The ‘oset’ parameter is used when the Web response doesn’t fit into a single response message. It tracks the current position within the data buffer, which normally is equal to the total amount of data so far, but under error conditions, it will step back to an earlier value. A typical usage is to use the value as an index into a data buffer, not forgetting the HTTP response header, which is at the start of the first data block. The following code returns a stream of blocks for each image, until all the image has been sent, which triggers a new multipart header and image capture:

#define TCP_MAXDATA   1400

// Handler for single camera image
int web_cam_handler(int sock, char *req, int oset)
    int n = 0, diff;
    static int startime = 0, hlen = 0, dlen = 0;
    if (req)
        hlen = n = web_resp_add_str(sock,
        dlen = cam_capture_single();
        n += web_resp_add_data(sock, cam_data, TCP_MAXDATA - n);
        n = MIN(TCP_MAXDATA, dlen + hlen - oset);
        if (n > 0)
            web_resp_add_data(sock, &cam_data[oset - hlen], n);
    return (n);

Test Web server

web_server.c is a test program to demonstrates the ability of a Web server to return large amounts of data at high speed (over 20 megabits per second). It transfers dummy binary data in text format (base-64) or in raw binary.

It has the following Web pages:


This is a simple status message with dummy parameters in JSON format, e.g.


These values are taken from a structure:

typedef struct {
    char name[16];
    int val;

SERVER_ARG server_args[] = {
    { "state", 0 },
    { "nsamp", 0 },
    { "xsamp", 10000 },
    { "xrate", 100000 },
    { "" }

This demonstrates how dynamic numeric values could be propagated from server to client.


This demonstrates the transfer of a large binary block using base-64 encoding, which converts every 3 bytes into 4 ASCII characters. This technique is used when we want to avoid the complication of handling raw binary.

The microsecond timer on the Pico is used to record the start & ending times of the data transfer, so as to print the data rate on the Pico serial console.


This transfers blocks of data in pure binary format, and the throughput rate is reported.


The default Web page just returns the string ‘test’ and a number that increments with every access, to show that the page isn’t being cached.

Running the Web server

By default, the server will try to connect to the default Wifi network (‘testnet’) so you will probably need to change the definition at the top of the server code to match your network name and password.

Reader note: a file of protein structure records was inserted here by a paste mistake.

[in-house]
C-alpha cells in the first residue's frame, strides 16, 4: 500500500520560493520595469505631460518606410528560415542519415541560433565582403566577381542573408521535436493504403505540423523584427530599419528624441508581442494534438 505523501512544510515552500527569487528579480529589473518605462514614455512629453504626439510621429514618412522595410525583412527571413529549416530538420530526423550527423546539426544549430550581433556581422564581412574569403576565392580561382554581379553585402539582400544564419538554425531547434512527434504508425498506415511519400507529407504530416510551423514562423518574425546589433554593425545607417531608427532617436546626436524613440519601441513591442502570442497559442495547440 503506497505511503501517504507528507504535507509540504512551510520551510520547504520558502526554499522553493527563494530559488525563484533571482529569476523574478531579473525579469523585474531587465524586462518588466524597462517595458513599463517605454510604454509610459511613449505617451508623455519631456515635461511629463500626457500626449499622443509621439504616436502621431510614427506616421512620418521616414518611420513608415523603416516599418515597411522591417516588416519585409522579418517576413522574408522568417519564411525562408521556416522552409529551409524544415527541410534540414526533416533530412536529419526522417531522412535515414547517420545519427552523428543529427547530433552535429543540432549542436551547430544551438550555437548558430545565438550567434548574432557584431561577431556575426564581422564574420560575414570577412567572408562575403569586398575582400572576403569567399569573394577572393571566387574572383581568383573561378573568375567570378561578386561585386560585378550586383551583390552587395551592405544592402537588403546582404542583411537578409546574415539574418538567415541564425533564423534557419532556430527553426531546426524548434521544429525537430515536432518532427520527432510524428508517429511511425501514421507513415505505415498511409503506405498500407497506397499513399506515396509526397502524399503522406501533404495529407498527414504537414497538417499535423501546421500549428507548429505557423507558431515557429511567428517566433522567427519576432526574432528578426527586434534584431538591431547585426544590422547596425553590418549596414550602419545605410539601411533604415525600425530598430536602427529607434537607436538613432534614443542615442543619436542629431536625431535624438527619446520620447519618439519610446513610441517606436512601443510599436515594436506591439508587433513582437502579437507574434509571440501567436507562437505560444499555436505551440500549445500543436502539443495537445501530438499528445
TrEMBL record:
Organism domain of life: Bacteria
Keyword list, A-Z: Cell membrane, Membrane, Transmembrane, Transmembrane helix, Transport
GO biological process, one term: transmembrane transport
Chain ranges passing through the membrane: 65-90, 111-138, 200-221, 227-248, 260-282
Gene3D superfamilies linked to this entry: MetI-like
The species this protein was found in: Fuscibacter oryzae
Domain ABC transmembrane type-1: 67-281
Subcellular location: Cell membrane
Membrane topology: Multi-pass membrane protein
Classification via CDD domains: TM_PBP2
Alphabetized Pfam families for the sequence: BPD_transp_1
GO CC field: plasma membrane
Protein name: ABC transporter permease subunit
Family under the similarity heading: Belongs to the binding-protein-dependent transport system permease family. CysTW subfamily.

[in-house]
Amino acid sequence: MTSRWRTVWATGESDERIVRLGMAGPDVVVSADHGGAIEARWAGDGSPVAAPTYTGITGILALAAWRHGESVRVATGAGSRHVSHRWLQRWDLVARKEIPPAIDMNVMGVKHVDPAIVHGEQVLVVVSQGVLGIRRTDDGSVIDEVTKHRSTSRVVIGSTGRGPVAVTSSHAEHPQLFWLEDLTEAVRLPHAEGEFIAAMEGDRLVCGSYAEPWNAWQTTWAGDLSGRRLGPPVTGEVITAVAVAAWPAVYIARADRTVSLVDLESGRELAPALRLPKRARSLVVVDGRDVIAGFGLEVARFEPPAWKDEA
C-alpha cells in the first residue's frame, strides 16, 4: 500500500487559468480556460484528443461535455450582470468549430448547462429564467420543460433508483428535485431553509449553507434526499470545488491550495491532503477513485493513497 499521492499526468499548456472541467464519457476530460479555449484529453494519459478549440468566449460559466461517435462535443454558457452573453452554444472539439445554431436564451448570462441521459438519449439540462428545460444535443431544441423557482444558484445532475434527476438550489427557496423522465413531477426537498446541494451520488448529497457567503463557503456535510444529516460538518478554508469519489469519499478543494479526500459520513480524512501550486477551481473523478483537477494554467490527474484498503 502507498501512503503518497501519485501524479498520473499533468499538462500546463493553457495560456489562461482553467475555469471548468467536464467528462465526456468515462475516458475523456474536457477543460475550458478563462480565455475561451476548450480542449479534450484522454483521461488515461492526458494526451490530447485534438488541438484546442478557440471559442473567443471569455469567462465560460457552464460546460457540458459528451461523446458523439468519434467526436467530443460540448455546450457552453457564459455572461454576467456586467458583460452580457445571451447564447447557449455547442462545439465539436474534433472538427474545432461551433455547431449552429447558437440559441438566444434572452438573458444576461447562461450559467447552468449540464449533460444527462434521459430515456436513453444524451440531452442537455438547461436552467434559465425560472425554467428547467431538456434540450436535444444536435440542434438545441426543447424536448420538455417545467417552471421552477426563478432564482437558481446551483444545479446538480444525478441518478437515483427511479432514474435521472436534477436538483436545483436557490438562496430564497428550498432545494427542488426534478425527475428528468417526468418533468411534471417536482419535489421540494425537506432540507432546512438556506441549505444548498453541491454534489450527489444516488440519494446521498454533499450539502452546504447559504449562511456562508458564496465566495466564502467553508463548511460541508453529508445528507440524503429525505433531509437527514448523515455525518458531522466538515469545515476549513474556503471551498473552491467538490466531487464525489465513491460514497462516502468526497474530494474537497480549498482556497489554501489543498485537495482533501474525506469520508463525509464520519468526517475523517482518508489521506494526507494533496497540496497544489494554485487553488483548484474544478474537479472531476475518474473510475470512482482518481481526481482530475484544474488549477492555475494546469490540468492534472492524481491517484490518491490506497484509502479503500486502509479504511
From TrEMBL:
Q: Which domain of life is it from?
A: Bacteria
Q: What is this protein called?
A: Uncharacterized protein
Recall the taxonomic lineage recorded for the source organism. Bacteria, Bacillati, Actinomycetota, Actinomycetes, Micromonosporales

If you are using the Pi development environment described in the introduction, then compiling and running the Web server requires just 2 steps:

make web_server
./prog web_server

When it boots, the server will report its IP address on the serial console, e.g. 192. 168.1.240. Enter that address into a Web browser, to see the (really simple) default page, with a number that increments every time you re-fetch the page:

To see the raw JSON-format status page, access status.txt:

You can also view the start of the base-64 format data, though this isn’t very enlightening:

To demonstrate how the status & data information can be decoded and displayed, I have included an HTML file web/display.html, which is an adaptation of my ‘EDLA’ logic analyser code.

Before loading this file, you need to edit the IP address at the top to match your Pico server, and also select binary or base-64 mode for the transfer:

const remip = "", bin_mode = true;

The resulting display shows a logic-analyser-style display of the incoming data, with the text from the status file underneath. The graphic is much too dense to be any use, but it does show how a large block of data can be transferred and displayed with remarkable speed.

Project links
IntroductionProject overview
Part 1Low-level interface; hardware & software
Part 2Initialisation; CYW43xxx chip setup
Part 3IOCTLs and events; driver communication
Part 4Scan and join a network; WPA security
Part 5ARP, IP and ICMP; IP addressing, and ping
Part 6DHCP; fetching IP configuration from server
Part 7DNS; domain name lookup
Part 8UDP server socket
Part 9TCP Web server
Part 10 Web camera
Source codeFull C source code

Copyright (c) Jeremy P Bentham 2023. Please credit this blog if you use the information or software in it.